Downing Street’s readout for the media of Tuesday’s cabinet meeting inevitably focused on Boris Johnson’s fightback; he told ministers 2022 would be a year of delivery on “the priorities of the British people”. The briefing did not mention that Nadine Dorries, the culture secretary, came under fire for pronouncing the death of the BBC licence fee without consulting her cabinet colleagues.
Donald Trump would have been proud of Dorries’s explosive tweet saying her settlement on the fee lasting until 2027 “will be the last”. But ministers including Rishi Sunak, Liz Truss and Therese Coffey all queried it. Dorries had overshot the runway and went into reverse in the Commons; pointedly, she did not repeat her death sentence for the licence fee.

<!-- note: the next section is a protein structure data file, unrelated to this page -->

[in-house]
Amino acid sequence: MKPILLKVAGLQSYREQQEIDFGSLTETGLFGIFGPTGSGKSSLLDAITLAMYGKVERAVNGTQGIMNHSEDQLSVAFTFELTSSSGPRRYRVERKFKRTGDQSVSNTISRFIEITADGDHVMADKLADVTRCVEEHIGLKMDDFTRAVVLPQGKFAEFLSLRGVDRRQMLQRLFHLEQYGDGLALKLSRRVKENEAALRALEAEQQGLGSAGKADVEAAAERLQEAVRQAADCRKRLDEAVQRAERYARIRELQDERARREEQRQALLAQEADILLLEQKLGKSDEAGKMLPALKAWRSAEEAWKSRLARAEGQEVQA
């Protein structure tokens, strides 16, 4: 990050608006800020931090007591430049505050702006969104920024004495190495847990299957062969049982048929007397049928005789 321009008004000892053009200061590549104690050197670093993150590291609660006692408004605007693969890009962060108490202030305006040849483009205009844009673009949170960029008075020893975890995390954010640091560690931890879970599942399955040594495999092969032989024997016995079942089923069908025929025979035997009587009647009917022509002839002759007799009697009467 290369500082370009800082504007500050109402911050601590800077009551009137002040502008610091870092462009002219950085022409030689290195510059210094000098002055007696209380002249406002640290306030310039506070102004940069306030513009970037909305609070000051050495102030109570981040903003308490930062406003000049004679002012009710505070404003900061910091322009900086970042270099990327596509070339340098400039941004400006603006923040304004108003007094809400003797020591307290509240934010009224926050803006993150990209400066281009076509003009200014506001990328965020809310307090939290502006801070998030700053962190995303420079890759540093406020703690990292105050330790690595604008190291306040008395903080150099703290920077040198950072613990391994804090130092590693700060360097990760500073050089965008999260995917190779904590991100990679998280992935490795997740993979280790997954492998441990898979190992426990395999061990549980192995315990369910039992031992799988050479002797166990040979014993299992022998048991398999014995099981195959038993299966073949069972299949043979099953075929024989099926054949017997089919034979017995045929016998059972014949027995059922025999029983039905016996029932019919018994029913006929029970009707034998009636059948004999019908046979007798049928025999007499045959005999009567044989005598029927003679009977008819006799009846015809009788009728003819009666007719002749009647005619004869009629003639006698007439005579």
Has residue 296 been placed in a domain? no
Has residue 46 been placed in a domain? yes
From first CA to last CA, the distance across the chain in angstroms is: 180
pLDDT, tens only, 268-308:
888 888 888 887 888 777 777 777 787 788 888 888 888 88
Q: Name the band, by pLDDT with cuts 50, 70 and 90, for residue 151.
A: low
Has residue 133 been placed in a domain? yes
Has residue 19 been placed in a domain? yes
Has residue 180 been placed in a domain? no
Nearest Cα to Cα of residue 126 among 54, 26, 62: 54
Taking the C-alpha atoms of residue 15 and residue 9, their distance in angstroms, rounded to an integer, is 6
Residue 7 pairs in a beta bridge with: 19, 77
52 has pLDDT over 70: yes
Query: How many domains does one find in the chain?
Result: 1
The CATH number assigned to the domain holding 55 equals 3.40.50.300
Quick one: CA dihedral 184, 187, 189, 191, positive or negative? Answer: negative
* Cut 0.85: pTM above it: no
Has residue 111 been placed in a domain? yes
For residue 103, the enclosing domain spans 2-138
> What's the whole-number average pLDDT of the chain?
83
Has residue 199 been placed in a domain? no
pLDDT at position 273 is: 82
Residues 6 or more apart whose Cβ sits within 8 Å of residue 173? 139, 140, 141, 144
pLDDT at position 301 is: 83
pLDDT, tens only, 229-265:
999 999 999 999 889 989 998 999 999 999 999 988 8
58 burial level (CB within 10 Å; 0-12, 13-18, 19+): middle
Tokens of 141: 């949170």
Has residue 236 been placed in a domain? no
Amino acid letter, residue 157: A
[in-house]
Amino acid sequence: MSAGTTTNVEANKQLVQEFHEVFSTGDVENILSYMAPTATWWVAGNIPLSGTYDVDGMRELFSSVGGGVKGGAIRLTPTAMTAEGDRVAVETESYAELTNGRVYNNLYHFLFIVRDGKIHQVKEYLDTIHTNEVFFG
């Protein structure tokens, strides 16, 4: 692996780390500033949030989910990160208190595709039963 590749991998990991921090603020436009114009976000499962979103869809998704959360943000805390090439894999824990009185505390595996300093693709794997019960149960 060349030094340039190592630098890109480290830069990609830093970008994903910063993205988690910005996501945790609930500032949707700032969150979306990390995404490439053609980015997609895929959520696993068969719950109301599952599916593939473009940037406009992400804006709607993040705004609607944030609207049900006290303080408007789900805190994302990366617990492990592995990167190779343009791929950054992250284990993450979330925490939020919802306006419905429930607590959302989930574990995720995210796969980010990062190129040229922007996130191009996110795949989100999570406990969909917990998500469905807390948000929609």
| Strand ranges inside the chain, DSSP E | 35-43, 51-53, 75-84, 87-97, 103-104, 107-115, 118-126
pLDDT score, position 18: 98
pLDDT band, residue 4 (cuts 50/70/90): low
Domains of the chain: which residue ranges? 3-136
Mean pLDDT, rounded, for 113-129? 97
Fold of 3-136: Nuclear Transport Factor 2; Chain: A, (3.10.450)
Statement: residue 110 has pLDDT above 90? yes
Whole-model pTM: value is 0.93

Bizarrely, the culture secretary tried to end the debate about the BBC’s future in the same breath as she started it. It was back-to-front politics, another symptom of chaotic government as Johnson fights to remain prime minister. With plan A (“there were no parties”) plainly a joke, he reheated the Tories’ old chestnut of plan BBC. Johnson told the cabinet: “We can’t expect people to keep paying a licence fee just because they own a TV.” To divert attention from his woes on Partygate, he was more than happy to rush out a two-year freeze in the licence fee before the end of negotiations with a blindsided BBC.
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